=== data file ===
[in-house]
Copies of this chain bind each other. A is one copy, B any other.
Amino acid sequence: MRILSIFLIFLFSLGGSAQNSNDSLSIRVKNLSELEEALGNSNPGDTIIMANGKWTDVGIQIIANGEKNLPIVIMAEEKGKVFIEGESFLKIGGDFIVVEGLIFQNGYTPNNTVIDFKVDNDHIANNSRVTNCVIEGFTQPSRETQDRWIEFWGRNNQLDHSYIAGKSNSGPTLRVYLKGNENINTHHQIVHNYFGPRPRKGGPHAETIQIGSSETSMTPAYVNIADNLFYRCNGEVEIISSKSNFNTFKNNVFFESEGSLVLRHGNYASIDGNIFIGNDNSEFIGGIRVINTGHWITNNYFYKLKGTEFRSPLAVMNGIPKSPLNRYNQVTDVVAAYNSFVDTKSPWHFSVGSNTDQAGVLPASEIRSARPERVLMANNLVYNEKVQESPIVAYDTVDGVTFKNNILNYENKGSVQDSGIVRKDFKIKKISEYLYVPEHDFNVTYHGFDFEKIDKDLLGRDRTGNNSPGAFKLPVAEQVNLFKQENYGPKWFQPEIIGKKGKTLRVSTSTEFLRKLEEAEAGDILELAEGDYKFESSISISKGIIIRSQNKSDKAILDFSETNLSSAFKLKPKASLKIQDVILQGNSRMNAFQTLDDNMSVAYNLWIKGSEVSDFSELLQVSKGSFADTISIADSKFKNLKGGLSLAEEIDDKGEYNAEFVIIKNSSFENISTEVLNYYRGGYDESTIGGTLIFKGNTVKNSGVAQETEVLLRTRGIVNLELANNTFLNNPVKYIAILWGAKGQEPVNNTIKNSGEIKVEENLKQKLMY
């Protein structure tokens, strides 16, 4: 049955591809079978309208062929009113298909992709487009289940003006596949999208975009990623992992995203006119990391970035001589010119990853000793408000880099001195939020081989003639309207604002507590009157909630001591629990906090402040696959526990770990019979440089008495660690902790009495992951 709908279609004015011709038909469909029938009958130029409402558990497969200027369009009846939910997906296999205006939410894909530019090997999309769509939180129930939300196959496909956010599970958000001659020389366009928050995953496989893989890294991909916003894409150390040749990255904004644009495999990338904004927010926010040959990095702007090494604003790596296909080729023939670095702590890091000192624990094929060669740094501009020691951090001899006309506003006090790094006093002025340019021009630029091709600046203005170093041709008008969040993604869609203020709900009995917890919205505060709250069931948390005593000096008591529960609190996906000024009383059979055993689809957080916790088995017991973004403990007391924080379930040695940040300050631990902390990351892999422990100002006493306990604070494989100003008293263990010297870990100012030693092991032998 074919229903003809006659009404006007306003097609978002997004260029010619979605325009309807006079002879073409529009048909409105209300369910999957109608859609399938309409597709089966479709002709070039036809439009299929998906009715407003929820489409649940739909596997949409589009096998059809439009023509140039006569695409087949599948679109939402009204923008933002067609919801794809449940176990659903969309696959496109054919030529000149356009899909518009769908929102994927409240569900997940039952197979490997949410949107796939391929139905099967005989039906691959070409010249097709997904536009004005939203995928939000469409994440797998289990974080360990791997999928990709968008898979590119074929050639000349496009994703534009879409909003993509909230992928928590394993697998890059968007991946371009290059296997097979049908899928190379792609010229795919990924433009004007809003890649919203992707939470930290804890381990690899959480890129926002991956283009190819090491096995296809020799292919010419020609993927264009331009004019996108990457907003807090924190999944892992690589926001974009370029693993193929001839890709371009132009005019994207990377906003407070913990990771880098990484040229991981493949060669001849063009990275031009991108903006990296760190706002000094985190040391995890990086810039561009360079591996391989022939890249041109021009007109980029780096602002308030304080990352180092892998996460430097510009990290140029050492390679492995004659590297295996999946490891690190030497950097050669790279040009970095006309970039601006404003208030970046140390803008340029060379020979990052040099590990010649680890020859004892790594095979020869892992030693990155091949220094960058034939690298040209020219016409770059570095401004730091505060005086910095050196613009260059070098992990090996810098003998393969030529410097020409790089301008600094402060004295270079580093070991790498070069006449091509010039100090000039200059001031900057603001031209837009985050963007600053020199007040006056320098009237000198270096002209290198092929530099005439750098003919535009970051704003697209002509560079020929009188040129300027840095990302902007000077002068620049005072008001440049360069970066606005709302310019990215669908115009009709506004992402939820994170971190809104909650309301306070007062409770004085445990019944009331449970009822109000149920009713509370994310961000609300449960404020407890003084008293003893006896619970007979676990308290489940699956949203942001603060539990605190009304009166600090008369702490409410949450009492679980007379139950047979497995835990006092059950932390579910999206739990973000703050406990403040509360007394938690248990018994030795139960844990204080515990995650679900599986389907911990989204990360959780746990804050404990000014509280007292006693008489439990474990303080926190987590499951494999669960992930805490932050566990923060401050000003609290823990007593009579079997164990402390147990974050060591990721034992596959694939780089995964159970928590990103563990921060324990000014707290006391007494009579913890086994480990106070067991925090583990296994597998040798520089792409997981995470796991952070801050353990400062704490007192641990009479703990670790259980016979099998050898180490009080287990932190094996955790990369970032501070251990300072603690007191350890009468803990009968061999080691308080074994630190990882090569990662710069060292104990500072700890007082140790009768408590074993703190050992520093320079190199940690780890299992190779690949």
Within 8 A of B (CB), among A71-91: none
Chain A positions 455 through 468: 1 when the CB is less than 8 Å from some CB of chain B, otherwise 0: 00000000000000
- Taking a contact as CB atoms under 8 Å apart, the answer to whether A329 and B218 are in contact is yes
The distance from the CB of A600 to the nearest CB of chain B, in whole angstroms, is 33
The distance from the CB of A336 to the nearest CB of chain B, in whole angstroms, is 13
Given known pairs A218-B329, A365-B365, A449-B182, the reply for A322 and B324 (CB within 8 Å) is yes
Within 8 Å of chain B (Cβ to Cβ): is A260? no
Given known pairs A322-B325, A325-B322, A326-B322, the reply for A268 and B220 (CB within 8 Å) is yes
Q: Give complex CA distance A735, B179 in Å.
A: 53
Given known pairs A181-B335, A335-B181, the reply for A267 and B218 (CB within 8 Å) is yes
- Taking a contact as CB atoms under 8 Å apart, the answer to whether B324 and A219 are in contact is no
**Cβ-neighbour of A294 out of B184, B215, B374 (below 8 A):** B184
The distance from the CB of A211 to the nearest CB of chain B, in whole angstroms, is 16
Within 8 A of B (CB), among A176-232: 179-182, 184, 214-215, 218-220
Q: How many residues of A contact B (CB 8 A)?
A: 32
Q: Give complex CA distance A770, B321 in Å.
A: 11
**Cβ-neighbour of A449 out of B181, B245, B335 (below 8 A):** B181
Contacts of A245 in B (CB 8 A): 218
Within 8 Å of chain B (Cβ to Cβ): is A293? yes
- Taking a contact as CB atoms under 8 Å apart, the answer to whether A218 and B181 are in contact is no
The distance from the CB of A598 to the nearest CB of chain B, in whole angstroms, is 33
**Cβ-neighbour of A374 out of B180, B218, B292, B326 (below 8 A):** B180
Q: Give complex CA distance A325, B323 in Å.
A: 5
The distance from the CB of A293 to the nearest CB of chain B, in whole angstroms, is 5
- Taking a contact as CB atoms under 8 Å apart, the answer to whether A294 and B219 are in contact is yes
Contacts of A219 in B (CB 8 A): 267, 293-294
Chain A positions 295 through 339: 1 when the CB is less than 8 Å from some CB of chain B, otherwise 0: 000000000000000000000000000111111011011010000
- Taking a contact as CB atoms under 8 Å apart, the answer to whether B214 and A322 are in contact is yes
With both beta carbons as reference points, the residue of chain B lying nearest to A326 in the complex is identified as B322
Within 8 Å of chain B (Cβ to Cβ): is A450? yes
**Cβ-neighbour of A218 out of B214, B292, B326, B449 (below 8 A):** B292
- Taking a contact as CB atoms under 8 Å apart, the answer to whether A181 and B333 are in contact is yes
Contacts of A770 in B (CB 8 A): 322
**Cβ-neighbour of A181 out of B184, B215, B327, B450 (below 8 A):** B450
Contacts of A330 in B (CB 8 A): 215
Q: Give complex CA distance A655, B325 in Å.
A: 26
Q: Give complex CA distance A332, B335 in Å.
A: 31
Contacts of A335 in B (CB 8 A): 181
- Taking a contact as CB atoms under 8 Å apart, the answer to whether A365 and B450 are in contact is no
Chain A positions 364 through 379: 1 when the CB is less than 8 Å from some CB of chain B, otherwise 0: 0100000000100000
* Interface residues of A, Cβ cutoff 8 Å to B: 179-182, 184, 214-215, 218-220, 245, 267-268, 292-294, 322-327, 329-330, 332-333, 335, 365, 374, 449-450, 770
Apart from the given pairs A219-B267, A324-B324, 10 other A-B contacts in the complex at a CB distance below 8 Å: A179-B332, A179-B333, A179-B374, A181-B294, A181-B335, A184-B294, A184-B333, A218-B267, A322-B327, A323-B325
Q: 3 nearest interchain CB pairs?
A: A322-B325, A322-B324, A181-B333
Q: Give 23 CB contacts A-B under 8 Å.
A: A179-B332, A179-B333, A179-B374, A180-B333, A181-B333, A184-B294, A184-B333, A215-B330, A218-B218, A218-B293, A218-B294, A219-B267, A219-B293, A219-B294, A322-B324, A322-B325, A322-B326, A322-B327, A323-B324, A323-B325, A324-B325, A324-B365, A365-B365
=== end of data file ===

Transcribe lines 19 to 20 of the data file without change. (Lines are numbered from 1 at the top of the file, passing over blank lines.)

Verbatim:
Within 8 A of B (CB), among A176-232: 179-182, 184, 214-215, 218-220
Q: How many residues of A contact B (CB 8 A)?